SCIE5516 Materials Characterisation for Bioengineering Applications

Credit
6 points
Offering
(see Timetable)
AvailabilityLocationMode
Semester 1UWA (Perth)Face to face
Content
This unit introduces a variety of imaging and analytical instrumentation used in the characterisation of materials, with a particular focus toward bioengineering applications. Topics could include (1) scanning and transmission electron microscopy and associated analytical techniques; (2) three-dimensional microscopy (micro-CT, MRI) and data visualisation; (3) powder and thin-film X-ray diffraction; and (4) surface analysis techniques such as atomic force microscopy.

Students gain insight into how these technologies are used in materials characterisation of engineered structures. Content includes theoretical principles of the techniques, as well as practical data analysis, critique and interpretation.
Outcomes
Students are able to (1) appreciate the capabilities of key characterisation infrastructure/techniques used by bioengineering researchers; (2) know how these techniques can be used to characterise the structure and composition of materials; (3) understand the fundamental principles of x-ray, electron, and surface imaging and analysis techniques; (4) analyse and interpret data from imaging, crystallographic and spectroscopic techniques; and (5) critically assess and evaluate real-world data, and draw appropriate conclusions from these.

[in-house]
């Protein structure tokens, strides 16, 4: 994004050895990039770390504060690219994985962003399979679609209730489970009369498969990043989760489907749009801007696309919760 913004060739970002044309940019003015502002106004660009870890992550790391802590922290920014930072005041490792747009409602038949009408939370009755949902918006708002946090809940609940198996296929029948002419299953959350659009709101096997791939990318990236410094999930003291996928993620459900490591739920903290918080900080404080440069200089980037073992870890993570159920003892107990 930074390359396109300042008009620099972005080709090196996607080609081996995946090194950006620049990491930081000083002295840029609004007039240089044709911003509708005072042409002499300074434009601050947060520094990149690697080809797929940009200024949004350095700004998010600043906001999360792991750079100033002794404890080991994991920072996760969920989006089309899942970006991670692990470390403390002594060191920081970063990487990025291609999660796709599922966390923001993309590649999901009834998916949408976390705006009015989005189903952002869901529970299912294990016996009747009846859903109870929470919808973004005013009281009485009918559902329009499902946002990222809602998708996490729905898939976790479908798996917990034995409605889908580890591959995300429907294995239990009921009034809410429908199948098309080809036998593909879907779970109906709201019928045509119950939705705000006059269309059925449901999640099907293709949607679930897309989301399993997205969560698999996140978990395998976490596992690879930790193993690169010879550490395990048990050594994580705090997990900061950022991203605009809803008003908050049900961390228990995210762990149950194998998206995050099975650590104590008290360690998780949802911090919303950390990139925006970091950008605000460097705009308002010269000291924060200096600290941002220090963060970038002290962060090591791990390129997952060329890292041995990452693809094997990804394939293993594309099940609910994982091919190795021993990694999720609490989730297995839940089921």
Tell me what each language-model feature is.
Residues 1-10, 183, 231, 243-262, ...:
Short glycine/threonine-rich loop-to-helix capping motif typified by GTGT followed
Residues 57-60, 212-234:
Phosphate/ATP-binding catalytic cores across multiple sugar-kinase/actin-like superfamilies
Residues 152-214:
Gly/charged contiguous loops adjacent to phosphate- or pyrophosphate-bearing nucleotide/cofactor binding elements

Assessment
Typically this unit is assessed in the following ways: (1) assignment 1—data analysis and interpretation topic 1; (2) assignment 2—data analysis and interpretation topic 2; and (3) project—applying characterisation techniques to solve an engineering problem. Further information is available in the unit outline.

Supplementary assessment is not available in this unit.
Unit Coordinator(s)
Associate Professor Martin Saunders
Unit rules
Prerequisites:
enrolment in the Master of Professional Engineering (Electrical and Electronic Engineering specialisation
or
Mechanical Engineering specialisation)
Contact hours
lectures: 2 hrs per week; tutorial/activity: 2 hrs per week; non contact (assessments, online tutorials, assignments, project): 8 hrs per week; for 13 weeks, from week 1
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